Tuesday, 06 January 2009

(Column) - Newswires are buzzing with Wal-Mart's Linux PC and its sold out status. This news alone should be enough to prove the viability of Linux in mainstream households for people who don't need a mega powerful PC for word processing, e-mail and Web browsing. I can go on and on about the same old issues and solutions, but I don't need to. Wal-Mart's success proves that very well. Of course, naysayers could argue about the limited supply, but again, checking out the product reviews on this page prove otherwise. Beginners and advanced users alike absolutely love the new product and why not? It makes sense, it's reasonably priced and it gets the job done. Everything is rosy so far.

Until...

...these users need technical support. Wait until someone messes up a configuration setting or a device stops working, and they try to look for help. Many big box retail stores with tech support will have a difficult time finding Linux experts to help beginners deal with a problem like this. Not to mention, the average cost of fixing a Linux PC would be far greater than fixing a Windows PC. If I'm a technician, more than likely, I know what is causing the problem, or I could quickly use Google to research and fix the issue. Within minutes, actually. For Linux distros, however, I would assume that because I'm so specialized in my skill set, I value my time considerably more than a Windows technician. Naturally, as a result, I would charge more on a per service or per hour basis. On top of that, since the supply of Linux users is so limited in the market, I would have to compensate for that as well through high prices.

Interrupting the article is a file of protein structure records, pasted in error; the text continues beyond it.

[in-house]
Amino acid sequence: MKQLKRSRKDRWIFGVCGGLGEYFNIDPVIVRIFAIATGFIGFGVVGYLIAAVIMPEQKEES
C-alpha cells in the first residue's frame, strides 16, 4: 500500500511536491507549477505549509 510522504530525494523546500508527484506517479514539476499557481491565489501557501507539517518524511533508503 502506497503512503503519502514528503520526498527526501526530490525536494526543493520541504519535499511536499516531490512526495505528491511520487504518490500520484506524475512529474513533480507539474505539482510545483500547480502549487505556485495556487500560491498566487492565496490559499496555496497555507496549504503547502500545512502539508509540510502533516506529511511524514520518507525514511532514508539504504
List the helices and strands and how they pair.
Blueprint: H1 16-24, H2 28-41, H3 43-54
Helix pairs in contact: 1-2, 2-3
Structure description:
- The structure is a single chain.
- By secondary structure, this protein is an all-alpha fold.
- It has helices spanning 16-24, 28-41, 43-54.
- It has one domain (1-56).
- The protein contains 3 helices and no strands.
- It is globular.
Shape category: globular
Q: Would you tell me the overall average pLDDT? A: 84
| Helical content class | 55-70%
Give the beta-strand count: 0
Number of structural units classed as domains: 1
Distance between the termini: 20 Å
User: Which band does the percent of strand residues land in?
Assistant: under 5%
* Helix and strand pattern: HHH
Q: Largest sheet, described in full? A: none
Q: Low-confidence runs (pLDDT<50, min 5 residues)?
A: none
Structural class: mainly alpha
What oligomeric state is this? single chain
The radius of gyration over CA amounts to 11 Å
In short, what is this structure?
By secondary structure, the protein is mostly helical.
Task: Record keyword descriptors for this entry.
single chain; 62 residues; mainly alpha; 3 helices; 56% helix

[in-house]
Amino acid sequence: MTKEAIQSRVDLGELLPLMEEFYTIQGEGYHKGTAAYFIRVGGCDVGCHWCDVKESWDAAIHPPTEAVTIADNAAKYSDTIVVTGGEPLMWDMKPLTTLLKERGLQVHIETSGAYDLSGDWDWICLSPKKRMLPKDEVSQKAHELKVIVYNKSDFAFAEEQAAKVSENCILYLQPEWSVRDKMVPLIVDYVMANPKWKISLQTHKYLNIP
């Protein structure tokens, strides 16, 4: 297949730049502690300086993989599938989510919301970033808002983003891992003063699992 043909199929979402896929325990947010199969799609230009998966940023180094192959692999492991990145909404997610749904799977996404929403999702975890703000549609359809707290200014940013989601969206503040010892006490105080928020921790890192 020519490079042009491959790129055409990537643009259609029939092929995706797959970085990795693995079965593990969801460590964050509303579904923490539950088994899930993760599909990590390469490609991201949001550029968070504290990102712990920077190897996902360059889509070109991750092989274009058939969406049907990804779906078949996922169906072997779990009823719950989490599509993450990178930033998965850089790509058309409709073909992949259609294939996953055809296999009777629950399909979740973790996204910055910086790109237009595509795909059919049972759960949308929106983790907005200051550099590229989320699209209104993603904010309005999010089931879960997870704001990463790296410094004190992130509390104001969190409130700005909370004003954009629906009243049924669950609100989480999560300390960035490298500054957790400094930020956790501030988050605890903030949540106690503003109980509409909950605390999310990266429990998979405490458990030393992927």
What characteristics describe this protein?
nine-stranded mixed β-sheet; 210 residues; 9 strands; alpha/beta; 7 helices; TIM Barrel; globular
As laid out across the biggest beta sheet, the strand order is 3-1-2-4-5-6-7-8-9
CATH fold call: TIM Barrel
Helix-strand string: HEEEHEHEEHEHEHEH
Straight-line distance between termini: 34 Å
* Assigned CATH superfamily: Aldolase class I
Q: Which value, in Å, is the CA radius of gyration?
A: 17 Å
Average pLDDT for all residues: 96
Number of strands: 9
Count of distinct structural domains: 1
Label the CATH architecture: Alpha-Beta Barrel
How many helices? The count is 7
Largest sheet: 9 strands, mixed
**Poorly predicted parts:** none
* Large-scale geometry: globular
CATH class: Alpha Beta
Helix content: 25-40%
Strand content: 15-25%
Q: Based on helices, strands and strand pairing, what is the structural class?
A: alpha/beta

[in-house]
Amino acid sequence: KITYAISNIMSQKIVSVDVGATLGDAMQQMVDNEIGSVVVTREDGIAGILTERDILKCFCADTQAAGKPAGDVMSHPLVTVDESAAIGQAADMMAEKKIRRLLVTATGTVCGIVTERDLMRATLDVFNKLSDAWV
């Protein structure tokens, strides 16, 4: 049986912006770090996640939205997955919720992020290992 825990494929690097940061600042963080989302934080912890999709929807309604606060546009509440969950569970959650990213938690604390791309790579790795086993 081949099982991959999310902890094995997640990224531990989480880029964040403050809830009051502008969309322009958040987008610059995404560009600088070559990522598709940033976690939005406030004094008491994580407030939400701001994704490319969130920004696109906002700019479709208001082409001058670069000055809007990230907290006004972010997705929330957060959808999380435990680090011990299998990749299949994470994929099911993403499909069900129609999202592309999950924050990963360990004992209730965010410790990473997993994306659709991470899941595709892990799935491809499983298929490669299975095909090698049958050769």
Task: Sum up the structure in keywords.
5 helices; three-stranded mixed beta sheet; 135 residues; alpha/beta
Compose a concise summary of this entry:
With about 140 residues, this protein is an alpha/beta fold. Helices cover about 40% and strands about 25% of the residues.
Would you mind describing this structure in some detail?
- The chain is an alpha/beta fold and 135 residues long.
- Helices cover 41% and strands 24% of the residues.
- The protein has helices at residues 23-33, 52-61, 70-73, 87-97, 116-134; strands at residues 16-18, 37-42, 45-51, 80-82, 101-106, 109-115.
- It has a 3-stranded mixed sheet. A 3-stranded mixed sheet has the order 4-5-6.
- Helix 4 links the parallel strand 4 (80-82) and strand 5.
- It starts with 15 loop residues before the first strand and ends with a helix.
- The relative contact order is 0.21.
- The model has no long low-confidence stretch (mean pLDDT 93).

Why Microsoft's Flickr Will Fail

Not only will this spike in tech support prices annoy a lot of beginners, but the effort it will take to find a reliable tech to fix their problem (no, reformatting and reinstalling the OS doesn't qualify as reliability --- I'm looking at Best Buy, Circuit City, CompUSA and the likes.) is going to be brutal. Sure, the mainstream users are delighted to have a low cost PC for now, but are they ready to and have the desire to learn to fix their own issues, at least the most normal ones with an abundance of information online? Are they ready to pay considerably high rates for quality tech support? How cheap would the Linux PC be then?

The demand for low cost Linux PCs is obvious, but a lot of people are missing the overall cost that's associated with owning a different platform. While I applaud these users to take the initiative to skip on Microsoft, let's sit down and think through our decision, instead of hurrying to get the cheapest PC available. Sometimes money spent upfront on a widely accepted platform is well worth it. And (un)fortunately, this is where Microsoft comes in and sweeps the market. 

Click here to get the latest prices on Windows Vista! 

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